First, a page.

8 Characteristics of a Good LFS Customer

Sale tanks at Coral Reef in Perrysburg, OH

Sale tanks at Coral Reef in Perrysburg, OH

In a recent Marine Aquarium Acronyms post, we defined the term “LFS” (local fish store) and described eight key characteristics to look for when choosing one. Well, as they say, turnabout is fair play. In this post, we’re going to attempt to look at things the other way around—through the eyes of LFS owners all over the world. No doubt, they have an opinion or two about how we hobbyists behave when we go into customer mode.

We expect excellence from our LFS, but we seldom stop to think what kind of customer we’re being when we walk through their shop door. Remember, the customer-dealer relationship is reciprocal. You get out what you put in. So, if you want to curry good will with your LFS owner, you should:

#1 Recognize that personal service has its price

You may have to pay a bit more for certain products at a small LFS than you might at that big-box retail pet store, owing to their more limited buying power. But before you start grumbling about this, think what that modest additional investment may actually be purchasing. Expert advice, personalized service, and policy flexibility? Priceless!

#2 Treat staffers with respect

“The Golden Rule” doesn’t fly out the window just because we’re in customer status, and a little common courtesy goes a long way with oft-beleaguered sales staffers. Treating them with disrespect (e.g., addressing them with “Hey, you!” or accusing them of “just trying to make a sale”) may not earn you a “sneezer” as it might from an affronted restaurant food server, but it certainly won’t make them very eager to assist you either.

#3 Avoid demanding discounts

There’s certainly no harm in asking if there’s any wiggle room on a price or if the store offers price matching, but always demanding to pay less than the marked price for items is unreasonable and insulting. The average LFS operates on a pretty thin margin. They can’t cut prices at every turn and still pay their employees and cover all their other overhead. Not to mention, they deserve to make a profit!

#4 Respect their business hours

In our prior post on the characteristics of a good LFS, we mentioned that they should offer practical business hours, including at least some evening and weekend hours. That’s true enough, but as customers, we should respect the fact that dealers and their staffers have lives to attend to outside those hours. Unless you just plan to grab something off the shelf and head to the checkout, slipping in one minute before closing and expecting service won’t win you any favor with your LFS.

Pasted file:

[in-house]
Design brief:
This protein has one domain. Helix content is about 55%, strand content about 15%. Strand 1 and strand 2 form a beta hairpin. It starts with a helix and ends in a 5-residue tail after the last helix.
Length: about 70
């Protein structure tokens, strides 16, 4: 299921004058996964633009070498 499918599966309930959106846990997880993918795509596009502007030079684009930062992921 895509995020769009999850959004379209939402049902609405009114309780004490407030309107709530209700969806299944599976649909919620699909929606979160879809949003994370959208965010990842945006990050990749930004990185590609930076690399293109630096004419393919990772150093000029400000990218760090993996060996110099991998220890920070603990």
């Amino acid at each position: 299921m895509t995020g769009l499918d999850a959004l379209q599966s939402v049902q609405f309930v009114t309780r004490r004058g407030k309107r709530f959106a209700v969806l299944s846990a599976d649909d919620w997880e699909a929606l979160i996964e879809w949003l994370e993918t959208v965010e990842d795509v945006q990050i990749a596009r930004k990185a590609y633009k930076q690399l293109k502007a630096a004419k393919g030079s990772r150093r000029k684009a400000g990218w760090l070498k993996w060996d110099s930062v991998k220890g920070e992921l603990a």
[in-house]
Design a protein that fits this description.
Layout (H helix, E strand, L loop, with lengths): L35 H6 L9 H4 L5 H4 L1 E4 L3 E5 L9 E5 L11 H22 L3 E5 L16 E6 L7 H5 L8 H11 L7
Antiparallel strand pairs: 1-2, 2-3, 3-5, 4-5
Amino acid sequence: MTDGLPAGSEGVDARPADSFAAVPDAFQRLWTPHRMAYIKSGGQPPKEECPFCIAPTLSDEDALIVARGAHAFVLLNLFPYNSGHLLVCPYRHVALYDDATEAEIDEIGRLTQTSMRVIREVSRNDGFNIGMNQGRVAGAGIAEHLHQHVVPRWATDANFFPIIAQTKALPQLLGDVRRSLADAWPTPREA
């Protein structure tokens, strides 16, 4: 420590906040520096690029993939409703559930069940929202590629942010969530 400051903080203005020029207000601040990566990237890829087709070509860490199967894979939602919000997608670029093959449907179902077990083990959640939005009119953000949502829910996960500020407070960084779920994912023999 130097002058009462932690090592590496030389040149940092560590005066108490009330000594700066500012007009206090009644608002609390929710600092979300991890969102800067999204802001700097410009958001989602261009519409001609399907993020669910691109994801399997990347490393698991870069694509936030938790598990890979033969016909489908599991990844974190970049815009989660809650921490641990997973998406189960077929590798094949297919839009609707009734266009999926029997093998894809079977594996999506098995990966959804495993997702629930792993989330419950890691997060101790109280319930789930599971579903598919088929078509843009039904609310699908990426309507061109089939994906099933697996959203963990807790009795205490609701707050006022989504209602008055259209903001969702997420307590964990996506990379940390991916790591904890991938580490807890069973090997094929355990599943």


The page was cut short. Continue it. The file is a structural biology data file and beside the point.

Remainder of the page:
#5 Be reasonable when they’re busy

It’s an unavoidable reality that your LFS will be inundated with customers on certain days and at certain peak times. You might want to come back at a quieter time if you have a huge list of questions and concerns to discuss at length and need your dealer’s undivided attention.

#6 Actually buy something now and then

Don’t be an LFS Looky-Loo! In other words, don’t use your LFS only for free advice and stocking ideas and then do all your actual buying at a major chain pet store or online. If you value the expert, personalized service you get at your LFS, support it with your dollars.

#7 Show loyalty

This point dovetails with #6, but it bears emphasis. Not all local fish stores are created equal. If one proves to be a standout, give it your business consistently. Otherwise, it may not be there the next time you really need it.

#8 Refer your friends

If an LFS earns your trust and does right by you, don’t keep it a secret. Encourage your hobbyist friends to shop there too.

What have we missed?
Okay all you salty LFS owners, what have we overlooked here? Let us know what traits you appreciate in your customers in the comments section below.

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About Jeff Kurtz

Jeff Kurtz is the Co-founder/Editor of Saltwater Smarts, former Senior Consulting Editor for Tropical Fish Hobbyist Magazine, and the aquarist formerly known as “The Salt Creep.” He has been an aquarium hobbyist for over 30 years and is an avid scuba diver.

Comments

  1. Paul Baldassano says:

    If I am interested in a fish I will always say, I like that fish and if it eats, I will buy it. Then I ask if he will feed it something besides live brine shrimp which even I will eat if I am hungry enough.
    Then if it eats, I buy it.

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